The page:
For many of today’s greenies, protecting nature is a religion in itself. The high priests are the climate scientists. Reducing your carbon footprint has replaced fasting. The three Rs – reduce, reuse, recycle – is the commandment everyone must obey. But there are a lot of people who think of space exploration in a similar way. In The Saints Go Blasting Off, Ross Andersen describes the religious aspects of the space movement in The Atlantic Monthly:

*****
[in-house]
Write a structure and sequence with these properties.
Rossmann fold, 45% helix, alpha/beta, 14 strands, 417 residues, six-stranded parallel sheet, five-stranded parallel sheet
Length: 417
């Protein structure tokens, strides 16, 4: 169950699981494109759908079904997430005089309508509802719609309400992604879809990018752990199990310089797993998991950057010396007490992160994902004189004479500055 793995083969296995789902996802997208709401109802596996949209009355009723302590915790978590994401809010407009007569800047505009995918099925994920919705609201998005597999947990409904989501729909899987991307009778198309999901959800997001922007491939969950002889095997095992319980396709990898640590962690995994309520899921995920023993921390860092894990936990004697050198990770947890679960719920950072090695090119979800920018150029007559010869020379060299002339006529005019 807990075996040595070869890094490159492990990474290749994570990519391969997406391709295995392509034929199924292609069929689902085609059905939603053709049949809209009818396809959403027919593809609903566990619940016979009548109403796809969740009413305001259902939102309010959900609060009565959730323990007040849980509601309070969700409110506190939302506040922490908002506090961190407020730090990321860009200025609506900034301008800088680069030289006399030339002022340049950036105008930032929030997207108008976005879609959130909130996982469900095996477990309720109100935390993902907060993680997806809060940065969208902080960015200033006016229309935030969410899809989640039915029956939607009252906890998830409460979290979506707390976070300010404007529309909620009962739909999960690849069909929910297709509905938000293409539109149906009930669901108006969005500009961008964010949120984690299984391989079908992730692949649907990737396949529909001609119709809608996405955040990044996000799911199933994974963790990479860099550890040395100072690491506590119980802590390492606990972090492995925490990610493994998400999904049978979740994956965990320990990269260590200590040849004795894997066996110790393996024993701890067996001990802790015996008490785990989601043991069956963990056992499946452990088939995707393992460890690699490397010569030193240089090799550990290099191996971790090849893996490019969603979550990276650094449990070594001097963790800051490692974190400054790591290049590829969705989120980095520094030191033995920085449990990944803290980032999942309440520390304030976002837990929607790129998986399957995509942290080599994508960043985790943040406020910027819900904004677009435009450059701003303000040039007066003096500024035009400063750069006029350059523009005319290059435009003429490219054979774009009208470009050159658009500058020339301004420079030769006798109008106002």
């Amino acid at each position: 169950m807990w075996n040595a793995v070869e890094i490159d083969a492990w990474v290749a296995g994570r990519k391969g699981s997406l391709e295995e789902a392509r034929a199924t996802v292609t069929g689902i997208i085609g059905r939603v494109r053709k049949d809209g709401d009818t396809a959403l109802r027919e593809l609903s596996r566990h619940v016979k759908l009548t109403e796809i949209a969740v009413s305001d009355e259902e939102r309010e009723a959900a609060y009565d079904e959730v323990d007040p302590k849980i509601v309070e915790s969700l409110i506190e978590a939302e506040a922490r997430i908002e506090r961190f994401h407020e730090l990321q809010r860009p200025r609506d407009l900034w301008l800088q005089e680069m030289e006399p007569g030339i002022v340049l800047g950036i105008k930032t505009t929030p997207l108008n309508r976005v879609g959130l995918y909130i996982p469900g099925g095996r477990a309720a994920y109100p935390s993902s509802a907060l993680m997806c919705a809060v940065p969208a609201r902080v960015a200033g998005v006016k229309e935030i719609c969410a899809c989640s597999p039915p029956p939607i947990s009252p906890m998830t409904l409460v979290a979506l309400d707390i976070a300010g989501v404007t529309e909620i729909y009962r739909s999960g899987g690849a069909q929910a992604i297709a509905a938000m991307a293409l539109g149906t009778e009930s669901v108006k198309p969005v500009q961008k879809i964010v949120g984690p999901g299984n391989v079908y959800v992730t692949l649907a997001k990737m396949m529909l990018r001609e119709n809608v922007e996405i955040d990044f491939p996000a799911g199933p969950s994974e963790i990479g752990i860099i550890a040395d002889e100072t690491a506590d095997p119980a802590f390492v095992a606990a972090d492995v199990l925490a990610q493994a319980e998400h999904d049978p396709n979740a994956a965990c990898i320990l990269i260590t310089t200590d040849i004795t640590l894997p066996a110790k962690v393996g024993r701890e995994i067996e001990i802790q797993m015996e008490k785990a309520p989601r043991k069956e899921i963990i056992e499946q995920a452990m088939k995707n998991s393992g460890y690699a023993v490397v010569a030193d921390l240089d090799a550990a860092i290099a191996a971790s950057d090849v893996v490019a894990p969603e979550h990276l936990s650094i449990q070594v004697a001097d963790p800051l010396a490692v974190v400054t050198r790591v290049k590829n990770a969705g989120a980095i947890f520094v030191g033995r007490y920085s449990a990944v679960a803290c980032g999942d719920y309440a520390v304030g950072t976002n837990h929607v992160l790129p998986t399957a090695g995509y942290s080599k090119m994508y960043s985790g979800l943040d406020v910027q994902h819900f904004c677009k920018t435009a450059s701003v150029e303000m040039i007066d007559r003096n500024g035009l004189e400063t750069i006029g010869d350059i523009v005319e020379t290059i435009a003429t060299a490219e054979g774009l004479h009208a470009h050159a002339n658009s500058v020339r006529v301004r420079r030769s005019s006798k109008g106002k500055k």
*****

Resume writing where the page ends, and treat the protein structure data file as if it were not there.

Think about how you feel when you see the Earth from space or the Apollo astronauts walking on the moon. These images are achievements of science, sure, but they also have a religious feel to them; they tug at something deeper than engineering, something sublime. When viewed as a whole, space exploration has a lot in common with religion. It offers us a salvation narrative, for instance, whereby we put our faith in technology in order to be delivered to new worlds. Its priests, figures like Neil deGrasse Tyson, extoll its virtues in what sound like sermons. In its iconography, astronauts are like saints that ascend into heaven and extraterrestrials are like gods—benevolent, kind, wise, capable of manipulating space and time.